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GI stasis is when the digestive system slows down or stops altogether. This can cause unhealthy bacteria to grow in the digestive system, which causes several other health concerns.

If your cavy is not pooping, uninterested in food, or seems bloated, go to your vet immediately. These can be signs of GI stasis.

Diarrheal disease is also a concern for guinea pigs. Any changes in the gut flora cause diarrhea. Thankfully, this is not as life-threatening as stasis if taken care of right away.

Diarrhea is dangerous because it means that your pet is not taking in the proper nutrients, and they are at risk for dehydration. If you believe the cause is having too many new foods, cut back completely. If it continues, be sure to take your pet to the vet.


Other Nutritional Concerns

The biggest concern for a guinea pig is the risk of a vitamin C deficiency. Like humans, guinea pigs are not able to synthesize vitamin C. This vitamin is essential for collagen production, affecting bone growth and the way the blood vessels stay intact.

Scurvy (lack of vitamin C) is a dangerous disease that causes hemorrhaging, bone dysfunction, hair loss, diarrhea, and joint pain. You must be aware of the signs of scurvy because guinea pigs are so susceptible to it.

With a proper diet, your guinea pig should not be at risk. This includes having fortified pellets and vitamin C-rich foods.

Strawberries, parsley, kale, and broccoli are some foods with the most vitamin C for your pet. Try to include these foods regularly.

Mineral wheels, supplements, and salt licks are rarely needed if you give your pet the proper diet. However, if you believe that they need additional care, speak to your vet about getting a mineral wheel or vitamin C supplements.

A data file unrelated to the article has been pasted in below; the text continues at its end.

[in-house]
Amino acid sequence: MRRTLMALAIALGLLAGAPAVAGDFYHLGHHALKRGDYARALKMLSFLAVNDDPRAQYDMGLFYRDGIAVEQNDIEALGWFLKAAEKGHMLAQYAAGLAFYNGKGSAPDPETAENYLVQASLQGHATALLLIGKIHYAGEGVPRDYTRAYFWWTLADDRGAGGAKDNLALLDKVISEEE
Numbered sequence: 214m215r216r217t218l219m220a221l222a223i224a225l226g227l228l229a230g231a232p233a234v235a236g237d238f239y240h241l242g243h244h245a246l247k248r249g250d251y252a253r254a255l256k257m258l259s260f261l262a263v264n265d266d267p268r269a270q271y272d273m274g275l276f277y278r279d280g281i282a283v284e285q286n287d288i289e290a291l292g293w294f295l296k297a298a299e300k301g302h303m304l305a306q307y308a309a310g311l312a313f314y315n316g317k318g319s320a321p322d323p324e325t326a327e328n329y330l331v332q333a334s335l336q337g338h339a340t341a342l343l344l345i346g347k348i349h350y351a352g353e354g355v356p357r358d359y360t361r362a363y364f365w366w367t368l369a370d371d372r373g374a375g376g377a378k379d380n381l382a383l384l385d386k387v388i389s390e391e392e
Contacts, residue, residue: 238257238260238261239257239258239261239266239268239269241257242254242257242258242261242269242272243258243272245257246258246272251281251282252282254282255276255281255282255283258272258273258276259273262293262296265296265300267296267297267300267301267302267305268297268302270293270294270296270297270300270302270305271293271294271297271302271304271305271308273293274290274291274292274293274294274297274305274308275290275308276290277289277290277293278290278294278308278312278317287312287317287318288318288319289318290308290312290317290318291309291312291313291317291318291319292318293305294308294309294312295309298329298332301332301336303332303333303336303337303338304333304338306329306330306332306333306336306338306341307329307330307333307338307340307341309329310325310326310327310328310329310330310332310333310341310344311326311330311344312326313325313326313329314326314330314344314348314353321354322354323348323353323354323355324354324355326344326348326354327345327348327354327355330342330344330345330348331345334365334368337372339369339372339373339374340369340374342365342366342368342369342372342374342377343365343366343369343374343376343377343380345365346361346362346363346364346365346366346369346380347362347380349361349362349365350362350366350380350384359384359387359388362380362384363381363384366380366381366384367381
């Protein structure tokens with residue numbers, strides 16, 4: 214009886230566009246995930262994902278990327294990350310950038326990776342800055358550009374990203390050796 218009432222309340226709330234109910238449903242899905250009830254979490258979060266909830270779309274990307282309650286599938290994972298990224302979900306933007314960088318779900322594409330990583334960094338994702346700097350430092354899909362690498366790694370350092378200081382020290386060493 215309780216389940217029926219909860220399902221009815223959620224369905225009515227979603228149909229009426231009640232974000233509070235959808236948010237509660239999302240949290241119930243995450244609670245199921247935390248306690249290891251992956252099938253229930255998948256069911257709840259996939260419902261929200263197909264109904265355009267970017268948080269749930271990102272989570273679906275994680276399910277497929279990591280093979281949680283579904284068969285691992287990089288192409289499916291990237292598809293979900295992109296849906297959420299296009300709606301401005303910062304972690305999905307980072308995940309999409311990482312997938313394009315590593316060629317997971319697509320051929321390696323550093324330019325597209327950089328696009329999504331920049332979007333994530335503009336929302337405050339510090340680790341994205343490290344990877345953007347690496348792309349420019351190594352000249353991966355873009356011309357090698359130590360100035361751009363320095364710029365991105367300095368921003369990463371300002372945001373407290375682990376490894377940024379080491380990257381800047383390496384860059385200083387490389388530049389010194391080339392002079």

Be cautious of gummy supplements, which are a popular choice. These contain high amounts of sugar to mask the bitterness of vitamin C.

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Conclusion

Guinea pigs are not omnivores, and they are considered herbivores because their diet is strictly fruits and vegetables. The foundations of a healthy guinea pig diet start with their hay and pellets.

They should have high-fiber hay, preferably timothy hay, at all times, and this helps their digestive system process other foods. Their pellets should be free of any ‘extras’ such as nuts and seeds, which can be harmful.

When it comes to extra foods for your pet, stick to dark and leafy vegetables and others that are on the preferred list. Fruits should be limited due to the high sugar content.

It is crucial to provide your piggy with a well-rounded and proper diet to avoid digestive system diseases or nutritional deficiencies, like scurvy. If you feel that your pet is sick in any way, be sure to take them to the vet immediately. It is important to seek the proper care.